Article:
My beef with concerto competitions part 2

Part 1: https://confessionsofaviolist.wordpress.com/2015/06/12/my-beef-with-concerto-competitions-part-1/

When I started my first year of undergrad, I knew that I was not ready to enter in the concerto competition, or any other competition for that matter. It was too soon after my experience described in part 1. I needed to rebuild my confidence and the best way to do that was to not perform in competitions. I focused my attention more toward performing in student recitals and practicing to build up my technique. I’ve always found recitals to be a confidence booster because no one that matters is judging you or comparing you to others. People will come hear you to genuinely support you and your performance was appreciated.

In my second year of undergrad, I decided to be brave and go for the concerto competition. I figured I’d regained my footing from my experience in high school and I could get back in the game. I had started working on  the Hindemith Der Schwanendreher over the summer and the competition was in November. The competition was a great way for me to get focused and motivated at the beginning of the year to get the first movement learned and memorized. I played at the competition and I thought that I actually played quite well given that I’d only really been working on the piece for about 6 months.

I never expected to be selected for the final round yet when they posted the results of the competition on Monday, but for some reason not seeing my name on that list still felt like a slap on the face. It was like the universe reminding me that I have no place to be entering a concerto competition as a violist. It seemed like all the string players that had entered were chosen for the final round except for me. That darn violinist that I complain about all the time was of course selected too. I was quite annoyed that a first year had been selected instead of me, especially given that I didn’t enter that competition in my first year. I tried not to let on to the rest of the music faculty that I was upset as everyone always cares so much about the competitions and who gets chosen and blah blah.

One of my fellow violists asked me how it went when I played for the preliminary round and I said something like “I thought I played very well, but I didn’t end up getting selected to the final round”. What she responded with bothered me even more, “Oh well, you’re a violist, don’t worry about it.” She didn’t mean anything by it and she was only trying to be friendly, but that comment bothered me and still bothers me to this day. Was she insinuating that I’m not good enough? That I shouldn’t enter competitions? That I’m one of those “who does she think she is” people? Regardless of what was meant by the comment, what shocked me the most is that it came from a violist. I’ve heard similar comments being made by other violists too since then. Being a lesser common instrument and being cast as the “inferior” instrument, I always felt a special sense of camaraderie between violists that you don’t see within any other instrument. Violinists, pianists, and flutists hate each other as they’re so competitive with each other (yes, stereotyping, but it’s generally true). That’s one of the main aspects that drew me toward the viola. It just hurts a little to see that we make comments like that to each other. Yes, viola is not a competition winning instrument and most violists make a career as a teacher, professor, or orchestral/chamber musician, but that does not mean that we can’t enter competitions or put on solo recitals if we want to. It just breaks my heart a bit that violists would discourage other violists for entering competitions or justify a loss by saying “It’s because I’m a violist”. In a competition, it’s about who plays with the best technique and musicality, not about what instrument they play.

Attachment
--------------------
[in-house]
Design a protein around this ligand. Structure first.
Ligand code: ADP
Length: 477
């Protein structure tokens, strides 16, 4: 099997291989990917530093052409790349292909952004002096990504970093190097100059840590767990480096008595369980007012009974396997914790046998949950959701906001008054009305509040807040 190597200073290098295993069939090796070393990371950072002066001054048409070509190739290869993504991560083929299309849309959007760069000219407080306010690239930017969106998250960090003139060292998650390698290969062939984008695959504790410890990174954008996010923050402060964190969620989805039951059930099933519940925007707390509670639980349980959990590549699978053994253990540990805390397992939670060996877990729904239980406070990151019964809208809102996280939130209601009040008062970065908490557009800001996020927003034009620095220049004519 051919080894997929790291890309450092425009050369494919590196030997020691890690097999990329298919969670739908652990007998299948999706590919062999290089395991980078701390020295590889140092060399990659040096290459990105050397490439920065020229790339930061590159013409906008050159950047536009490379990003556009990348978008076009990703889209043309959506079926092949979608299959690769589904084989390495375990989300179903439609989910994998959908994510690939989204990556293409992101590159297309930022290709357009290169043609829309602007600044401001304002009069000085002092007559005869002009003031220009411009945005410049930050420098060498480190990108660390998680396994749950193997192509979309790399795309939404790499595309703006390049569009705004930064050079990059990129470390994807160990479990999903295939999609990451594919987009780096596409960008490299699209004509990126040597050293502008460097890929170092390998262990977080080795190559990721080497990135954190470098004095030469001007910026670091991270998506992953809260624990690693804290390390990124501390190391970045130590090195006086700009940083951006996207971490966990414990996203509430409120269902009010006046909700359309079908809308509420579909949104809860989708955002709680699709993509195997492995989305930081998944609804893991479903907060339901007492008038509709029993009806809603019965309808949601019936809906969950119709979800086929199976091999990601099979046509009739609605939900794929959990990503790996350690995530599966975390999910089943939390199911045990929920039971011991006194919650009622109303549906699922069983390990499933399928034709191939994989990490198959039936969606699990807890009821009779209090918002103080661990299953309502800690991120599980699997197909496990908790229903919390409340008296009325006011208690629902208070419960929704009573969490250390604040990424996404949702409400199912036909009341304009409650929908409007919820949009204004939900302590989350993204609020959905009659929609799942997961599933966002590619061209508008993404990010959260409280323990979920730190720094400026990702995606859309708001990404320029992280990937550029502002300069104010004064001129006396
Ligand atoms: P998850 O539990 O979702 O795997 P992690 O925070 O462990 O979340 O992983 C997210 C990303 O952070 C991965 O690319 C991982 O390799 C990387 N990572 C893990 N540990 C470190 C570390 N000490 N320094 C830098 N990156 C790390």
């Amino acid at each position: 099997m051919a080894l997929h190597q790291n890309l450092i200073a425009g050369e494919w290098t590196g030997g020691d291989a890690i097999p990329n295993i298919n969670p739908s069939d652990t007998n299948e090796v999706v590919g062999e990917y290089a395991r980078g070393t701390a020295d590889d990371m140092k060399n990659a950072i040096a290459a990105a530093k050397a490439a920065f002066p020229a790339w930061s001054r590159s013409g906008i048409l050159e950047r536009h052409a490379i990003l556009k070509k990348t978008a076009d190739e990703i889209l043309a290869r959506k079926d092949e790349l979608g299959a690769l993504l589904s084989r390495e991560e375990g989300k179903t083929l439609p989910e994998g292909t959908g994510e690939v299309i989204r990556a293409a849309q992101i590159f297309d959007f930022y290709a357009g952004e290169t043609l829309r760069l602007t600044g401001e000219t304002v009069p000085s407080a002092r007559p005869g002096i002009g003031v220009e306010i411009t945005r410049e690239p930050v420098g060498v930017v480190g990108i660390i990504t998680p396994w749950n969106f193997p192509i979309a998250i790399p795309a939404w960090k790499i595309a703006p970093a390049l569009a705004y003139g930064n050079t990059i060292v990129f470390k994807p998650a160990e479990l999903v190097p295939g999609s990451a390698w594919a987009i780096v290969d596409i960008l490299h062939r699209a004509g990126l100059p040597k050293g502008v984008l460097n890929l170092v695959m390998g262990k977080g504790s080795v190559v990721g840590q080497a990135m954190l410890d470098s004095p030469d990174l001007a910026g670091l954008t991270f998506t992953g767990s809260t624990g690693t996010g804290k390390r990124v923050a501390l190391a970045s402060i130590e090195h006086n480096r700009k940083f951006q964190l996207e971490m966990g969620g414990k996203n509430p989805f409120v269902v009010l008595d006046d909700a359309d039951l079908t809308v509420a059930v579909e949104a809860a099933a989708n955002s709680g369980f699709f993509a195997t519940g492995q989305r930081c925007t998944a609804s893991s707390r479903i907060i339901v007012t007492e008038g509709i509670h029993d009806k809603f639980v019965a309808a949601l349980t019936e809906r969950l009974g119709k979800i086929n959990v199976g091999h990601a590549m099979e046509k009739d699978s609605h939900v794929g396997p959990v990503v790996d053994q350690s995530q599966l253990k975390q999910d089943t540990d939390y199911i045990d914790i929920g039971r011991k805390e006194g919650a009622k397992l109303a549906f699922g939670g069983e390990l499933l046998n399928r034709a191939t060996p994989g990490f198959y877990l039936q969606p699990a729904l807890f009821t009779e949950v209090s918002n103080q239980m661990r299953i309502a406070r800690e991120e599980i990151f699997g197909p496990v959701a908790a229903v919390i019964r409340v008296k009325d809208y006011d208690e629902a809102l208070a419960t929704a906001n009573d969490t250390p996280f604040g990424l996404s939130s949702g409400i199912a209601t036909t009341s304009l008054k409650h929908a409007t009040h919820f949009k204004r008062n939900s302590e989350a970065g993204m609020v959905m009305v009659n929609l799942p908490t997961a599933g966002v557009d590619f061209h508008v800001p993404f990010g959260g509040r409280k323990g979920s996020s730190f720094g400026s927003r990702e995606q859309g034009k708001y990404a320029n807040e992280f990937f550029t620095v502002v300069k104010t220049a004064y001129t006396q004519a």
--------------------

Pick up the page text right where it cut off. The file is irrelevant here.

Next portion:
When third year came along, I figured my best plan of action was to play Der Schwanendreher again. I hadn’t learned a new concerto that summer. I thought that if I played the same piece again with better intonation, overall accuracy, musicality, and all that fun stuff that I would have a chance at the final round. I gave the piece a rest over the summer and brought it back in mid-August and found that I had so much more to bring to it, both technically and musically. I had a breakthrough in working on intonation and other technical issues I’d been battling for years. I also found I was practicing a lot more than in did in first and second year. In the weeks leading up to the competition, I was easily practicing 4+ hours a day on just the Hindemith, not including my other rep. I was incredibly determined.

When I played at the preliminary round, it didn’t go as well as I wanted it to and I was quite bothered. I had played it much better at a student recital only a few weeks before. If only I could have copied and pasted that performance into the concerto competition. I tried not to worry about it over the weekend, perhaps maybe my performance wasn’t as bad as I thought it was and that I was just being hard on myself. When the results came on Monday, it was once again a slap on the face. My name was not on the list and this time it hurt even more. I put so much time and effort into this piece, more so than the previous year. I felt like I had wasted a lot of time and effort for a crappy performance. One thing that I find especially hard with competitions is it always feels like your performance wasn’t appreciated unless you win. Everyone is judging you harshly.

Now, going into my fourth year I feel so conflicted about entering the concerto competition this year. On one level, there’s the “I’ve got nothing to lose” mentality. At the same time, I don’t want to go through that again. I don’t want to put myself out there and practice 4+ hours a day to be shot down. But I also tell myself that I will never get anywhere in a music career if I don’t put myself out there. I’ll never get a job in a symphony orchestra if I don’t audition and put myself out there, even though there’s a possibility of rejection. It’s better to learn the lesson of potential rejection now in university rather than when I get out in the real world and do auditions.